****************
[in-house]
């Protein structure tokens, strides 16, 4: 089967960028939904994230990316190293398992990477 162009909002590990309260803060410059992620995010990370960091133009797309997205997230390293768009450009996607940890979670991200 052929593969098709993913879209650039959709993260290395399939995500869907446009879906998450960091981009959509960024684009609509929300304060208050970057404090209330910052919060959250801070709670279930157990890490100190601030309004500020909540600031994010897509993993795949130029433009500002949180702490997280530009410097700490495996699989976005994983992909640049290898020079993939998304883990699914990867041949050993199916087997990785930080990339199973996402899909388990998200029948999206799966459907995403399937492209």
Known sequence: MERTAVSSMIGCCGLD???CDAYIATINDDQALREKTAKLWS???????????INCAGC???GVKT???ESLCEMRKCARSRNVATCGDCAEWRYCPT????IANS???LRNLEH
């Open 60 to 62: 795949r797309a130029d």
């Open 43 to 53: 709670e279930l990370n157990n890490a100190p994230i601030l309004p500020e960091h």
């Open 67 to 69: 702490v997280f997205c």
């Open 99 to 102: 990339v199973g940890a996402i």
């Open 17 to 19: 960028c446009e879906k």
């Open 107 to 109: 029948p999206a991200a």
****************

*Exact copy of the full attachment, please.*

[in-house]
């Protein structure tokens, strides 16, 4: 089967960028939904994230990316190293398992990477 162009909002590990309260803060410059992620995010990370960091133009797309997205997230390293768009450009996607940890979670991200 052929593969098709993913879209650039959709993260290395399939995500869907446009879906998450960091981009959509960024684009609509929300304060208050970057404090209330910052919060959250801070709670279930157990890490100190601030309004500020909540600031994010897509993993795949130029433009500002949180702490997280530009410097700490495996699989976005994983992909640049290898020079993939998304883990699914990867041949050993199916087997990785930080990339199973996402899909388990998200029948999206799966459907995403399937492209």
Known sequence: MERTAVSSMIGCCGLD???CDAYIATINDDQALREKTAKLWS???????????INCAGC???GVKT???ESLCEMRKCARSRNVATCGDCAEWRYCPT????IANS???LRNLEH
């Open 60 to 62: 795949r797309a130029d």
């Open 43 to 53: 709670e279930l990370n157990n890490a100190p994230i601030l309004p500020e960091h």
């Open 67 to 69: 702490v997280f997205c």
């Open 99 to 102: 990339v199973g940890a996402i």
């Open 17 to 19: 960028c446009e879906k």
């Open 107 to 109: 029948p999206a991200a």